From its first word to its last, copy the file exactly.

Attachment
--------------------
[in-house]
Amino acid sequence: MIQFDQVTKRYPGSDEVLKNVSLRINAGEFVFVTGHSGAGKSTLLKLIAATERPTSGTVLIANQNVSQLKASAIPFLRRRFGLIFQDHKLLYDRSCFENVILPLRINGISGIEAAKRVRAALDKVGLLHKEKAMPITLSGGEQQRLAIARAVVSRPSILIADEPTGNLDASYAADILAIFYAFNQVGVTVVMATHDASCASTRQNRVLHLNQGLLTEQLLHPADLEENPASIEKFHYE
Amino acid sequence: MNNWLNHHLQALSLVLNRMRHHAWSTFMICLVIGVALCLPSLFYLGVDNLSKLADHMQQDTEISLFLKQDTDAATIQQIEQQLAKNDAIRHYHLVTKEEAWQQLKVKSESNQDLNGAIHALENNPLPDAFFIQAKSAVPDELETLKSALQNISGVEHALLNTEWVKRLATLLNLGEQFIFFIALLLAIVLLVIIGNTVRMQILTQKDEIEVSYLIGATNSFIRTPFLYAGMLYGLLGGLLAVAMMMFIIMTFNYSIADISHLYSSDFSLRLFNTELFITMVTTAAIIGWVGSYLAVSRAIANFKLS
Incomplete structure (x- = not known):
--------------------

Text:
[in-house]
Amino acid sequence: MIQFDQVTKRYPGSDEVLKNVSLRINAGEFVFVTGHSGAGKSTLLKLIAATERPTSGTVLIANQNVSQLKASAIPFLRRRFGLIFQDHKLLYDRSCFENVILPLRINGISGIEAAKRVRAALDKVGLLHKEKAMPITLSGGEQQRLAIARAVVSRPSILIADEPTGNLDASYAADILAIFYAFNQVGVTVVMATHDASCASTRQNRVLHLNQGLLTEQLLHPADLEENPASIEKFHYE
Amino acid sequence: MNNWLNHHLQALSLVLNRMRHHAWSTFMICLVIGVALCLPSLFYLGVDNLSKLADHMQQDTEISLFLKQDTDAATIQQIEQQLAKNDAIRHYHLVTKEEAWQQLKVKSESNQDLNGAIHALENNPLPDAFFIQAKSAVPDELETLKSALQNISGVEHALLNTEWVKRLATLLNLGEQFIFFIALLLAIVLLVIIGNTVRMQILTQKDEIEVSYLIGATNSFIRTPFLYAGMLYGLLGGLLAVAMMMFIIMTFNYSIADISHLYSSDFSLRLFNTELFITMVTTAAIIGWVGSYLAVSRAIANFKLS
Incomplete structure (x- = not known):